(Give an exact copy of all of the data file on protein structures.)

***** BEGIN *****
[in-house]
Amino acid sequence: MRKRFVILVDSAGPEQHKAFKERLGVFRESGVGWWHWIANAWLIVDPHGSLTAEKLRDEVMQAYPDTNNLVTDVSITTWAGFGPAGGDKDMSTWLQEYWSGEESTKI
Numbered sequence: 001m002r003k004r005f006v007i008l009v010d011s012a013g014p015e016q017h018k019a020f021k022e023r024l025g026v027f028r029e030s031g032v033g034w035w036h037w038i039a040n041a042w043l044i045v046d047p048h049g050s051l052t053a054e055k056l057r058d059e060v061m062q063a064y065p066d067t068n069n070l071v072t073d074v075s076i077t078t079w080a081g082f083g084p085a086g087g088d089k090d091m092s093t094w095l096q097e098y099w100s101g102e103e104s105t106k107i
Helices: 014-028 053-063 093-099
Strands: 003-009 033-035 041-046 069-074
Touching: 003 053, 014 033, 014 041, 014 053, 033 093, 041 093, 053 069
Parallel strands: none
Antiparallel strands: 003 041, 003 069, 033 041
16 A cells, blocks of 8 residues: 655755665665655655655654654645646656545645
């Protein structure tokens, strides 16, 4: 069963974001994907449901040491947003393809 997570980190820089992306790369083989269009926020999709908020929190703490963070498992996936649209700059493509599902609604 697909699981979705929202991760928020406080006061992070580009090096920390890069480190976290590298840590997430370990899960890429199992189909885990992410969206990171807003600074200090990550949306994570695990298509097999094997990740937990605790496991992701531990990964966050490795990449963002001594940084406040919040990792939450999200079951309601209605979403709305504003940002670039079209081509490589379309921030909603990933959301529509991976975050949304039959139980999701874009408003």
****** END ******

[in-house]
Amino acid sequence: MRKRFVILVDSAGPEQHKAFKERLGVFRESGVGWWHWIANAWLIVDPHGSLTAEKLRDEVMQAYPDTNNLVTDVSITTWAGFGPAGGDKDMSTWLQEYWSGEESTKI
Numbered sequence: 001m002r003k004r005f006v007i008l009v010d011s012a013g014p015e016q017h018k019a020f021k022e023r024l025g026v027f028r029e030s031g032v033g034w035w036h037w038i039a040n041a042w043l044i045v046d047p048h049g050s051l052t053a054e055k056l057r058d059e060v061m062q063a064y065p066d067t068n069n070l071v072t073d074v075s076i077t078t079w080a081g082f083g084p085a086g087g088d089k090d091m092s093t094w095l096q097e098y099w100s101g102e103e104s105t106k107i
Helices: 014-028 053-063 093-099
Strands: 003-009 033-035 041-046 069-074
Touching: 003 053, 014 033, 014 041, 014 053, 033 093, 041 093, 053 069
Parallel strands: none
Antiparallel strands: 003 041, 003 069, 033 041
16 A cells, blocks of 8 residues: 655755665665655655655654654645646656545645
């Protein structure tokens, strides 16, 4: 069963974001994907449901040491947003393809 997570980190820089992306790369083989269009926020999709908020929190703490963070498992996936649209700059493509599902609604 697909699981979705929202991760928020406080006061992070580009090096920390890069480190976290590298840590997430370990899960890429199992189909885990992410969206990171807003600074200090990550949306994570695990298509097999094997990740937990605790496991992701531990990964966050490795990449963002001594940084406040919040990792939450999200079951309601209605979403709305504003940002670039079209081509490589379309921030909603990933959301529509991976975050949304039959139980999701874009408003």